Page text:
More men than women in Iraq say they have been sexually harassed, while only 6% of Lebanese people think being gay is acceptable, according to a major survey of public opinion in the Middle East published on Monday.
The wide-ranging study, conducted by researchers at Princeton University, found although support for women's rights and for female leaders was growing, many people still felt men should have the final say in family matters.
"Opinions regarding women's rights and their roles in society are progressing unevenly in the Middle East and North Africa," said Aseel Alayli of Arab Barometer, the research network that conducted the survey. "There is little agreement that women should play equal roles in public or private life."
Arab Barometer surveyed more than 25,000 people across 10 countries and the Palestinian territories for the study, which was commissioned by BBC News Arabic.
Its findings have revealed the complex and often conflicting views held by people in the region on LGBT+ and women's rights.
Attitudes are shifting on certain topics, the research showed, with Jordanians and Moroccans more supportive of women gaining a university education than they were in 2006.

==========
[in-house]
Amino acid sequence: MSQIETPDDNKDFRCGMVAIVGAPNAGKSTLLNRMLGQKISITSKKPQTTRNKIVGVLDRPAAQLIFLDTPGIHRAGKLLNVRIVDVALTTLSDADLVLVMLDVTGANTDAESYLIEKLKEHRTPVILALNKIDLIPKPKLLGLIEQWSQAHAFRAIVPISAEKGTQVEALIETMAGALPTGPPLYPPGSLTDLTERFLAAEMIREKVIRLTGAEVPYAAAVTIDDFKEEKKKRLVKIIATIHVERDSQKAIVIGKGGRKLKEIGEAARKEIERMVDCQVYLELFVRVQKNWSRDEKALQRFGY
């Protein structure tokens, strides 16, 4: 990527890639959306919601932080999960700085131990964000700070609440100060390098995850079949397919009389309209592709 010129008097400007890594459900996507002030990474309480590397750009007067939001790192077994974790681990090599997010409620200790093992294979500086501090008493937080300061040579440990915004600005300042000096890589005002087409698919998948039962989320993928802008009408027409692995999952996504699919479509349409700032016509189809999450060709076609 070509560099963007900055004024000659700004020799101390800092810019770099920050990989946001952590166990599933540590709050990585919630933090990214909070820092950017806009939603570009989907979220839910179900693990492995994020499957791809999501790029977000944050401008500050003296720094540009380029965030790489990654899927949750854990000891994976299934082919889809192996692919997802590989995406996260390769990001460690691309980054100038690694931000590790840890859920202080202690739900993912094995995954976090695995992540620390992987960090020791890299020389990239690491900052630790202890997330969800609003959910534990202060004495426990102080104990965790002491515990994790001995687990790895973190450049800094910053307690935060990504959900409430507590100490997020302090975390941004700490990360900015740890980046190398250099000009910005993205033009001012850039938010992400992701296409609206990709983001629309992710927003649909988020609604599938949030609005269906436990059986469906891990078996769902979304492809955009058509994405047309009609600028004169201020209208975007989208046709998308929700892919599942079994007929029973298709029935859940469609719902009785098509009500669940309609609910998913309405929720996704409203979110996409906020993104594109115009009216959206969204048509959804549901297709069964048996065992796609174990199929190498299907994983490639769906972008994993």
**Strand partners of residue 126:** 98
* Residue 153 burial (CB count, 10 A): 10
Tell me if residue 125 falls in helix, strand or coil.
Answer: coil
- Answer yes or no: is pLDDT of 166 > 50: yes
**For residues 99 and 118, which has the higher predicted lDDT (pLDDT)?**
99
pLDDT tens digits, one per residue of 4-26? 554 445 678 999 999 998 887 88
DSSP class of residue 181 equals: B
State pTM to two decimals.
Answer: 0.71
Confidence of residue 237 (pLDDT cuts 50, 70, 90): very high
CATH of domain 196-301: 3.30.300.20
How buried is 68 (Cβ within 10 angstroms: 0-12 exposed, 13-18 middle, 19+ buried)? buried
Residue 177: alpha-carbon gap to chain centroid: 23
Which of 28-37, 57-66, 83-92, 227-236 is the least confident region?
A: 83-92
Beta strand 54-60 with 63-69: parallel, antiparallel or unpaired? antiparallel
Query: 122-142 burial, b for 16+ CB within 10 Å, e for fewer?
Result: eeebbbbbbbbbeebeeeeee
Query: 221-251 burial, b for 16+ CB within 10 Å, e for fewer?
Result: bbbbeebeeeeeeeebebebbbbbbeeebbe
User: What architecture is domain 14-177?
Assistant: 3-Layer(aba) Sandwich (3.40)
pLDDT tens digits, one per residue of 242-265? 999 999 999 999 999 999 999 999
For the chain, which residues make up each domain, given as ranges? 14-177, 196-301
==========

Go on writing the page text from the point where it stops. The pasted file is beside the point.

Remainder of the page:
Several Gulf governments including Saudi Arabia refused "full and fair access" to the survey, according to BBC Arabic News.
The conservative kingdom has long been a focus for women's rights in the region and was applauded for lifting the world's last ban on women driving in 2018.
But optimism about women's rights has been tempered by the detention of prominent Saudi female activists who have campaigned to end a guardianship system whereby women must seek permission from a male relative to work and travel.
Acceptance of being gay is low across the Middle East, the study found, with Algeria, where 26% of people deem it acceptable to be gay, the most tolerant country.
In Jordan, so-called honor killings - where relatives kill a family member, typically a woman, who is seen as having dishonored the family - were deemed more acceptable than homosexuality, according to the study.
"Many people in the Middle East believe one's sexuality can be changed, and would wish to see gay people change accordingly," said Neela Ghoshal, senior researcher on LGBT+ Rights for Human Rights Watch.
Religious and political leaders should do more to speak out in support of LGBT+ rights, Ghoshal told the Thomson Reuters Foundation, adding that LGBT+ activists faced a particularly difficult task building movements in the region.
LGBT+ relationships are illegal across most of the Middle East and North Africa, and gay people often risk fines, jail and even the possibility of death, according to Human Rights Watch.
A 2018 poll conducted by the Thomson Reuters Foundation found Syria, Saudi Arabia and Yemen among the 10 most dangerous countries for women.
"People don't accept it (LGBT+) but they might acknowledge it ... It's very complex," said a gay Qatari man, 31, who asked not to be named. "Maybe attitudes are shifting but the general consensus is people don't accept it as something that should be outward."